We have a studio available to rent in the lower lab – this bright and airy space is over 13 sqm with two large windows letting in plenty of light. The space would be ideal for an individual or small team seeking private space to work.

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Mushroom growing room

We have a dark space with no windows perfect for growing fruiting mushrooms or to experiment with mycelium materials. The space is over 6 sqm and has standing bench desks along the walls

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Fermentation & Brewing room

This room is perfect for fermentation and brewing with its previous tenant brewing fabulous Kombucha. The space is 7.5 sqm.

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Wet Lab

Our downstairs wet lab has over 750sqft of flexible work space for projects to grow into. The space is also set up with large scale sinks, work benches, and space for research, growing, farming and making as much mess as required.

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Taking a space in the lab also provides you with access to our upper lab Makerspace with digital fabrication, our Materials/Bio lab and contact with the wider Green Lab community engaging with food, water and waste issues.

We are also taking applications for our Research Residency programme, to find out more and apply for 3months access to the lab and facilities click here.

Southwark… we’re sticking with you

The Lab has gone a little quiet over the last week – with big decisions to be made…

With the news that our Bermondsey home will stay standing until early 2019 we have decided to stay put and halt our move to Brixton – that’s right Lambeth – I’m afraid you aren’t getting us yet.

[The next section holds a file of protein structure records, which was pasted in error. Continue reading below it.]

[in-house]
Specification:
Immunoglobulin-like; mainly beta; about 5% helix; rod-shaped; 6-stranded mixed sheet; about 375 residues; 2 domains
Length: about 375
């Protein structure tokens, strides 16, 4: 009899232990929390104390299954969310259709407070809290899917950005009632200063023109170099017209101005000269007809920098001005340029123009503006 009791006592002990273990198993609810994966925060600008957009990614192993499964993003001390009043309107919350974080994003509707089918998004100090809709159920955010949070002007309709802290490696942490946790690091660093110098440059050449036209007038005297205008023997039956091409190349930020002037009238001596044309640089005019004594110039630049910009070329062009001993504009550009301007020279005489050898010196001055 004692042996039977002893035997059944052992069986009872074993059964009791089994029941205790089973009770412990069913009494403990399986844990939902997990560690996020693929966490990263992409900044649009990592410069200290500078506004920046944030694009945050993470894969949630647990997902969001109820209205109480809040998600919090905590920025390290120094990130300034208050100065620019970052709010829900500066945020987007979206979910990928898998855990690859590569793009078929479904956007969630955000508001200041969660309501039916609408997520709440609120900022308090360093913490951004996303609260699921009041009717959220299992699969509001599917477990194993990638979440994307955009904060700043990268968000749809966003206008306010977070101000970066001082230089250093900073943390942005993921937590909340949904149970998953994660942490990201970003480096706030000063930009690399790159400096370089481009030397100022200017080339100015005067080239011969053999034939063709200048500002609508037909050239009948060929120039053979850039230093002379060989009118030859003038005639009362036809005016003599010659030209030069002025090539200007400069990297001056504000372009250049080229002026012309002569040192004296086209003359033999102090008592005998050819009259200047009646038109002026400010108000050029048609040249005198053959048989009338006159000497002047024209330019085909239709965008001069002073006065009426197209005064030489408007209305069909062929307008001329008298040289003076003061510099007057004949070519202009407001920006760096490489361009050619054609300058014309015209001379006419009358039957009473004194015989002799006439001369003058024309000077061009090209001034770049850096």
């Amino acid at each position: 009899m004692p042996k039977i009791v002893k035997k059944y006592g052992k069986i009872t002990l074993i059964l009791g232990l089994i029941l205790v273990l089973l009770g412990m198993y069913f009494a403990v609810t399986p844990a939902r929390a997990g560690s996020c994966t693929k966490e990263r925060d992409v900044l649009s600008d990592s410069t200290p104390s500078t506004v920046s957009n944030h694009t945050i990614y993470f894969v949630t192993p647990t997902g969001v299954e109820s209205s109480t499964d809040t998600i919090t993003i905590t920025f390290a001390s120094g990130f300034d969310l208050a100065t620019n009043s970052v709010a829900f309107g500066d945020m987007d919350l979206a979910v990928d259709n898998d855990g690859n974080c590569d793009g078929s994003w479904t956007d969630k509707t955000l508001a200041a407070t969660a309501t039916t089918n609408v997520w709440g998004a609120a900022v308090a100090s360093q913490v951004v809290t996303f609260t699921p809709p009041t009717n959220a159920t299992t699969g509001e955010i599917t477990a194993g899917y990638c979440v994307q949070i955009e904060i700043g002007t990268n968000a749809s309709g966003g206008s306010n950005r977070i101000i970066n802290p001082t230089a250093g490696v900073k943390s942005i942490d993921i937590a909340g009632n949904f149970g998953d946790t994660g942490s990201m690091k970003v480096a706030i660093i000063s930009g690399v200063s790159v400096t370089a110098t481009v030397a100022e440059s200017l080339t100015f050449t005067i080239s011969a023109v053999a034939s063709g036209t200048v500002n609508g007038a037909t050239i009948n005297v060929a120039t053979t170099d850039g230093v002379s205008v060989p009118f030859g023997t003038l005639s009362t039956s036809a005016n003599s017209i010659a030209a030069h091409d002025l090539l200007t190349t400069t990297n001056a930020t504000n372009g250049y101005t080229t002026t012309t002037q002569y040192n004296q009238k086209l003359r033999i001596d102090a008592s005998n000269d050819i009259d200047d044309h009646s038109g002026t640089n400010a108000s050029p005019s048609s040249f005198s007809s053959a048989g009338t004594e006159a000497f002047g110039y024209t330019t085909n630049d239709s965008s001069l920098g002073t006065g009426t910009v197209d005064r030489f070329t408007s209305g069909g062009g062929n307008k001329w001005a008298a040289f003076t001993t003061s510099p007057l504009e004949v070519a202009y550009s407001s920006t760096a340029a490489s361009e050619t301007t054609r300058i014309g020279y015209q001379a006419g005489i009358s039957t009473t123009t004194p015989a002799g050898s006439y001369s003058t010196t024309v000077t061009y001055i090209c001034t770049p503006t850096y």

It was a difficult decision to make but we feel it is the right one for the lab for now. Over the coming weeks we are going to be focusing our attention identifying what the lab means to people and understanding exactly which are the most important areas for us to continue with.

We’re going to continue our focus on projects and research working with food, water and waste we provide a space to test, research and grow new ideas that are going to make real positive change for the future. The lab will still be open for short term urban agriculture technology and growing projects in our wet lab and also upper clean areas.

To keep up with our latest news and the next steps for the lab sign up to our newsletter

Green Lab in Malaysia

Green Lab Founder, Andrew Gregson, spent the last week in June 2018 participating in a 5 day workshop in Kota Kinabalu, Malaysia in partnerhip with Westminster University, The British Council and University of Malaysia. The intensive trans- and multi-disciplinary five-day workshop was funded by the ‘British Council Researcher Links’, designed to foster an ecosystem for developing resilient social enterprise through entrepreneurial learning.